Robot Update: Cirque de Robopacolypse

Tightrobot

 

by Douglas Black, enerficiency, October 22, 2012

Now we have Cirque De Robot.  Here is a bi-pedal robot so agile it walks a tightrope.

From our friends at Gizmag;

A Japanese roboticist that goes by the handle Dr. Guero, famous for programming his hobby robot to ride a miniature bicycle and walk on stilts, has managed to get his robot to balance on a tightrope. His Primer-V4 robot is based on the Kondo KHR-3HV hobby kit (which can be purchased for around US$1,800), but features a few modifications that give it the ability to inch its way along a steel wire just over an eighth of an inch (4 mm) thick.

Tightrope Robot

The following video shows Dr. Guero’s robot as it slides its way along the wire, making minute adjustments to its balance by waving its arms. On his website, Dr. Guero explains that the robot’s arms move in different directions based on signals from its inclination sensor. He had to modify the feet by adding grooves to help catch the wire – which seems like a fair modification given that human performers will use their toes to do the same thing. He also replaced the standard arms with ones that have fewer servos and parts to provide better balance.

Dr. Guero (aka Masahiko Yamaguchi) has worked at some prestigious labs, including Japan’s National Institute of Advanced Industrial Science and Technology, Boston Dynamics, and Osaka University. His nickname, chosen by his wife, comes from the long-running comic and animated television show Dragon Ball Z, whose Dr. Gero is an evil scientist behind the Red Ribbon Androids. You can watch the tightrope trick below, and check out his earlier projects on his website.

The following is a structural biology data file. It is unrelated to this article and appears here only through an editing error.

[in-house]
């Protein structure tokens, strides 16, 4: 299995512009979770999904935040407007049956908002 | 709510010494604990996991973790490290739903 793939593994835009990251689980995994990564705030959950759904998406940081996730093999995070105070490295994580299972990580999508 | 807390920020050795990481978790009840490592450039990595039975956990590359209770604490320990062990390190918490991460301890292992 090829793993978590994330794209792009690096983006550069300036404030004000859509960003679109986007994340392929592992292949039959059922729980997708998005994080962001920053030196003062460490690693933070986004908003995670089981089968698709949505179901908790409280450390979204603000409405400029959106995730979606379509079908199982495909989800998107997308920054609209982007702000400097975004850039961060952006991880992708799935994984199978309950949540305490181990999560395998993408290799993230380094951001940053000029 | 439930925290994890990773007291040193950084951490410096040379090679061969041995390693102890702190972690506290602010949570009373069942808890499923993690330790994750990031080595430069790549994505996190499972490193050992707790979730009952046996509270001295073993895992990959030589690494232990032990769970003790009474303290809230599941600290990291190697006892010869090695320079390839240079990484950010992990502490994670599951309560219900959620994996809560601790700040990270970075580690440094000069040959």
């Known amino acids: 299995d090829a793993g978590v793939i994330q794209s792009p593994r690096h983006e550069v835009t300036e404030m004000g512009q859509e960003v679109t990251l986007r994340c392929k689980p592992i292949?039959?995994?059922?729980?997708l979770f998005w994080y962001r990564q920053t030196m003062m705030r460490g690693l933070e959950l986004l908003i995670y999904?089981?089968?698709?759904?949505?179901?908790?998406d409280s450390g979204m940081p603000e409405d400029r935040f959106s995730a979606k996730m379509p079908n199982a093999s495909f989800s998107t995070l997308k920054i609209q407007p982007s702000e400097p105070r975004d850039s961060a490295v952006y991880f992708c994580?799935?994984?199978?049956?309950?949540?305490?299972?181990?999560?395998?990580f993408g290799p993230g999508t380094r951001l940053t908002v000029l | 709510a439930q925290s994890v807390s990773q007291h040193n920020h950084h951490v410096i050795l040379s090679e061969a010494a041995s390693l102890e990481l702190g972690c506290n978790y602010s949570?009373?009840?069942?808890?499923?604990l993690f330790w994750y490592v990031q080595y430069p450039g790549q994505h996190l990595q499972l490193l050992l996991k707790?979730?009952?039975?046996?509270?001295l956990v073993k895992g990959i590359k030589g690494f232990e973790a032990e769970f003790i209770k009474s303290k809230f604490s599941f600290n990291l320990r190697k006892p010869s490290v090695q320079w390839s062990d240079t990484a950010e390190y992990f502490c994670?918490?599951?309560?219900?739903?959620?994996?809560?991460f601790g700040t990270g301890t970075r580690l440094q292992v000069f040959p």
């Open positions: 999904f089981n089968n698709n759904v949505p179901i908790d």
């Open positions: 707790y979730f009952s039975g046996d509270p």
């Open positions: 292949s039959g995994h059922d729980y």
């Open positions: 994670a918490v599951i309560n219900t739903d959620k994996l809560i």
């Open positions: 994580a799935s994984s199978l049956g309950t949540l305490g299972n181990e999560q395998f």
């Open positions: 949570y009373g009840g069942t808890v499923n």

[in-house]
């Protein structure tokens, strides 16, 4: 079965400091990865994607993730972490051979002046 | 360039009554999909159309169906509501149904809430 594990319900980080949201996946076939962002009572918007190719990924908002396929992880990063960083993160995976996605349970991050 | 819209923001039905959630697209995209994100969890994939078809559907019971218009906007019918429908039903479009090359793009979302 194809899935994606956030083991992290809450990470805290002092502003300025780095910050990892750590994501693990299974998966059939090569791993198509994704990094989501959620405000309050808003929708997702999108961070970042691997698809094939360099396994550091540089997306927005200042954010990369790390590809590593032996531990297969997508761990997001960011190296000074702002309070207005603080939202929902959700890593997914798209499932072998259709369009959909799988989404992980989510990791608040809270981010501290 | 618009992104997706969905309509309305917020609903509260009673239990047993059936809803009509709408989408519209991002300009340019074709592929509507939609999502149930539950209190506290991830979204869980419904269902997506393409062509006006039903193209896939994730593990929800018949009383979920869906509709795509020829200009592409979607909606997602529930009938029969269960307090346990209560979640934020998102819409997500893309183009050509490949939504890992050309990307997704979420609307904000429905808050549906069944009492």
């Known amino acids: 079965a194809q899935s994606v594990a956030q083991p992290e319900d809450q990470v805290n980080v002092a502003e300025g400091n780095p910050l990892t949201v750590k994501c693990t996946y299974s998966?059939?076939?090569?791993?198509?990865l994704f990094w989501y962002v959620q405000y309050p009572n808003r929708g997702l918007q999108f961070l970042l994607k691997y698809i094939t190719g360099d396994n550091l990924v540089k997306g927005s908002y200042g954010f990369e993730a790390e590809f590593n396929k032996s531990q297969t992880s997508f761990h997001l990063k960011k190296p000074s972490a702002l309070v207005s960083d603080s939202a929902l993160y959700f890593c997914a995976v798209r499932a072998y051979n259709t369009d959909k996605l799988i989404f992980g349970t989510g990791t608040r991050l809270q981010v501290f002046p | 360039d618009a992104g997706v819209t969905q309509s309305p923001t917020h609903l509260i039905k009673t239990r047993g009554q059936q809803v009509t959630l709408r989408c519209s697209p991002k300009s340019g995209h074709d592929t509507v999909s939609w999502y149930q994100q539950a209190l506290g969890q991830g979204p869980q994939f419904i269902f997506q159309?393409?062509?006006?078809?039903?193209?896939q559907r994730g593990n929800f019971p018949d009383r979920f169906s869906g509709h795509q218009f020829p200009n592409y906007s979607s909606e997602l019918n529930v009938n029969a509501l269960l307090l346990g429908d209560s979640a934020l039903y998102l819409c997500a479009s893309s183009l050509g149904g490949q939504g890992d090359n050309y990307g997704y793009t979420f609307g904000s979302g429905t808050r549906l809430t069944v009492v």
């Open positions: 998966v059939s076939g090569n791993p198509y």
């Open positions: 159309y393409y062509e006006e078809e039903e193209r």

****((

Now we have Cirque De Robot.  Here is a bi-pedal robot so agile it walks a tightrope.

From our friends at Gizmag;

A Japanese roboticist that goes by the handle Dr. Guero, famous for programming his hobby robot to ride a miniature bicycle and walk on stilts, has managed to get his robot to balance on a tightrope. His Primer-V4 robot is based on the Kondo KHR-3HV hobby kit (which can be purchased for around US$1,800), but features a few modifications that give it the ability to inch its way along a steel wire just over an eighth of an inch (4 mm) thick.

The following video shows Dr. Guero’s robot as it slides its way along the wire, making minute adjustments to its balance by waving its arms. On his website, Dr. Guero explains that the robot’s arms move in different directions based on signals from its inclination sensor. He had to modify the feet by adding grooves to help catch the wire – which seems like a fair modification given that human performers will use their toes to do the same thing. He also replaced the standard arms with ones that have fewer servos and parts to provide better balance.

Dr. Guero (aka Masahiko Yamaguchi) has worked at some prestigious labs, including Japan’s National Institute of Advanced Industrial Science and Technology, Boston Dynamics, and Osaka University. His nickname, chosen by his wife, comes from the long-running comic and animated television show Dragon Ball, whose Dr. Gero is an evil scientist behind the Red Ribbon Androids. You can watch the tightrope trick below, and check out his earlier projects on his website.

*****

Douglas Black

Mr. Black is a high performance car enthusiast, always with an ear to the pavement for what’s fast and new.  He began blogging enerficiency On The Road in 2001, and now continues reporting from Auto Shows and Swap Meets at his Hot Flying Rats! blog – flyingratz.wordpress.com

He also uses his MagicEightBall to predict sporting outcomes and shares on his blog M8B4Cast.wix.com/sportsblog.

Photography is a lifelong passion for Douglas Black, and while not capturing enthusiastic smiles at Wrigley Field he captures moments in the built environment.

And in his spare time, he works on getting that Captains License, expecting to retire on the water one day, taking photos.

Advertisements

Leave a Reply

Fill in your details below or click an icon to log in:

WordPress.com Logo

You are commenting using your WordPress.com account. Log Out / Change )

Twitter picture

You are commenting using your Twitter account. Log Out / Change )

Facebook photo

You are commenting using your Facebook account. Log Out / Change )

Google+ photo

You are commenting using your Google+ account. Log Out / Change )

Connecting to %s